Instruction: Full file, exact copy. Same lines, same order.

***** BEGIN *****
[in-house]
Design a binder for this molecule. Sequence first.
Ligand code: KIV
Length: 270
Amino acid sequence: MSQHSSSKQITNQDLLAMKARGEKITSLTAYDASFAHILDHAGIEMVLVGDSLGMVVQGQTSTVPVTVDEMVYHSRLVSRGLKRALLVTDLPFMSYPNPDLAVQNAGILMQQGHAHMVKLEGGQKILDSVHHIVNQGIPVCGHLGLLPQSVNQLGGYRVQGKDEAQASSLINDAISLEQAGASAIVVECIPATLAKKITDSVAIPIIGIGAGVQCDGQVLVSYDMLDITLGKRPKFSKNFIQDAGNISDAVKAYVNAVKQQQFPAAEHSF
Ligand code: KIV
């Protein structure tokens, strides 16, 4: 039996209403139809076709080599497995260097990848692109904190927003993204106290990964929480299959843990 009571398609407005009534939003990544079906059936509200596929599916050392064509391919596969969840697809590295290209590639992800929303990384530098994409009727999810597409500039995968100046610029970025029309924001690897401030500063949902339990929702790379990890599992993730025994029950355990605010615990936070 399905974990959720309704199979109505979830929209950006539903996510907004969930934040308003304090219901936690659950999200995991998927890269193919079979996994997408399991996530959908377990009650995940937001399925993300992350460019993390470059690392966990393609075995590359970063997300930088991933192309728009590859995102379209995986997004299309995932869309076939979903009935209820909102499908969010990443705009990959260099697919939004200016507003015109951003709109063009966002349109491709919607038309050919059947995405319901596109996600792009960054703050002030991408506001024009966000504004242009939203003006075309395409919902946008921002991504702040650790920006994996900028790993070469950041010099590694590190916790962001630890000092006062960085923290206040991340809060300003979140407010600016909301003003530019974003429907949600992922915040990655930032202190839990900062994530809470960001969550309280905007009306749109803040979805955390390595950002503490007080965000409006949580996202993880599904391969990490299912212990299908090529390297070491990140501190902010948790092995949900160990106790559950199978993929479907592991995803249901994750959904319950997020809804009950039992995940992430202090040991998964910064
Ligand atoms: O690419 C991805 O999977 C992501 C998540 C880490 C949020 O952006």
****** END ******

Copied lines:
[in-house]
Design a binder for this molecule. Sequence first.
Ligand code: KIV
Length: 270
Amino acid sequence: MSQHSSSKQITNQDLLAMKARGEKITSLTAYDASFAHILDHAGIEMVLVGDSLGMVVQGQTSTVPVTVDEMVYHSRLVSRGLKRALLVTDLPFMSYPNPDLAVQNAGILMQQGHAHMVKLEGGQKILDSVHHIVNQGIPVCGHLGLLPQSVNQLGGYRVQGKDEAQASSLINDAISLEQAGASAIVVECIPATLAKKITDSVAIPIIGIGAGVQCDGQVLVSYDMLDITLGKRPKFSKNFIQDAGNISDAVKAYVNAVKQQQFPAAEHSF
Ligand code: KIV
């Protein structure tokens, strides 16, 4: 039996209403139809076709080599497995260097990848692109904190927003993204106290990964929480299959843990 009571398609407005009534939003990544079906059936509200596929599916050392064509391919596969969840697809590295290209590639992800929303990384530098994409009727999810597409500039995968100046610029970025029309924001690897401030500063949902339990929702790379990890599992993730025994029950355990605010615990936070 399905974990959720309704199979109505979830929209950006539903996510907004969930934040308003304090219901936690659950999200995991998927890269193919079979996994997408399991996530959908377990009650995940937001399925993300992350460019993390470059690392966990393609075995590359970063997300930088991933192309728009590859995102379209995986997004299309995932869309076939979903009935209820909102499908969010990443705009990959260099697919939004200016507003015109951003709109063009966002349109491709919607038309050919059947995405319901596109996600792009960054703050002030991408506001024009966000504004242009939203003006075309395409919902946008921002991504702040650790920006994996900028790993070469950041010099590694590190916790962001630890000092006062960085923290206040991340809060300003979140407010600016909301003003530019974003429907949600992922915040990655930032202190839990900062994530809470960001969550309280905007009306749109803040979805955390390595950002503490007080965000409006949580996202993880599904391969990490299912212990299908090529390297070491990140501190902010948790092995949900160990106790559950199978993929479907592991995803249901994750959904319950997020809804009950039992995940992430202090040991998964910064
Ligand atoms: O690419 C991805 O999977 C992501 C998540 C880490 C949020 O952006």